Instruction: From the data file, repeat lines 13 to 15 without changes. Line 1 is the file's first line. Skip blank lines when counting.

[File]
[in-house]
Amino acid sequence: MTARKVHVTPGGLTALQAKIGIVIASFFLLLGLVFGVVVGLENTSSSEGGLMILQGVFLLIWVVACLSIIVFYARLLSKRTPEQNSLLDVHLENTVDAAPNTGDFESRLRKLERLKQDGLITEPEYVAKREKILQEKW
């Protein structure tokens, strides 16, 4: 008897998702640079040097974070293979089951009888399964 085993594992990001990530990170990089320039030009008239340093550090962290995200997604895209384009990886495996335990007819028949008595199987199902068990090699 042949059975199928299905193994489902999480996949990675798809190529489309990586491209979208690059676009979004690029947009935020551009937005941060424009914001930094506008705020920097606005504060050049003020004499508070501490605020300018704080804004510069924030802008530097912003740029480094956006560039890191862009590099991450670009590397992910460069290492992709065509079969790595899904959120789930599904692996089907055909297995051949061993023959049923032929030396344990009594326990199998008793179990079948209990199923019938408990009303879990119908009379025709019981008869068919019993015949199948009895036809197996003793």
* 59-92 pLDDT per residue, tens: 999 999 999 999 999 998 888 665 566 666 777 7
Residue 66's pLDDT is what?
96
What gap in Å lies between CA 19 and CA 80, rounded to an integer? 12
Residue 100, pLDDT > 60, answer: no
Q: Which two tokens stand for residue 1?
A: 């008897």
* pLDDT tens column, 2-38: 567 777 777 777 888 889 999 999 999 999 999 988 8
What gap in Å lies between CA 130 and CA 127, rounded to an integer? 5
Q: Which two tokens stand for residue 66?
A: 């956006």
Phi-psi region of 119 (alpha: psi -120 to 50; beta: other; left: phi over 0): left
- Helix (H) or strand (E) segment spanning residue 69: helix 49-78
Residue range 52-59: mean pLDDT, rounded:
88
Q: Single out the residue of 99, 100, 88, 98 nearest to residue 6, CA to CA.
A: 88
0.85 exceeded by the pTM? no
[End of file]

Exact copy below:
Q: Which two tokens stand for residue 66?
A: 């956006």
Phi-psi region of 119 (alpha: psi -120 to 50; beta: other; left: phi over 0): left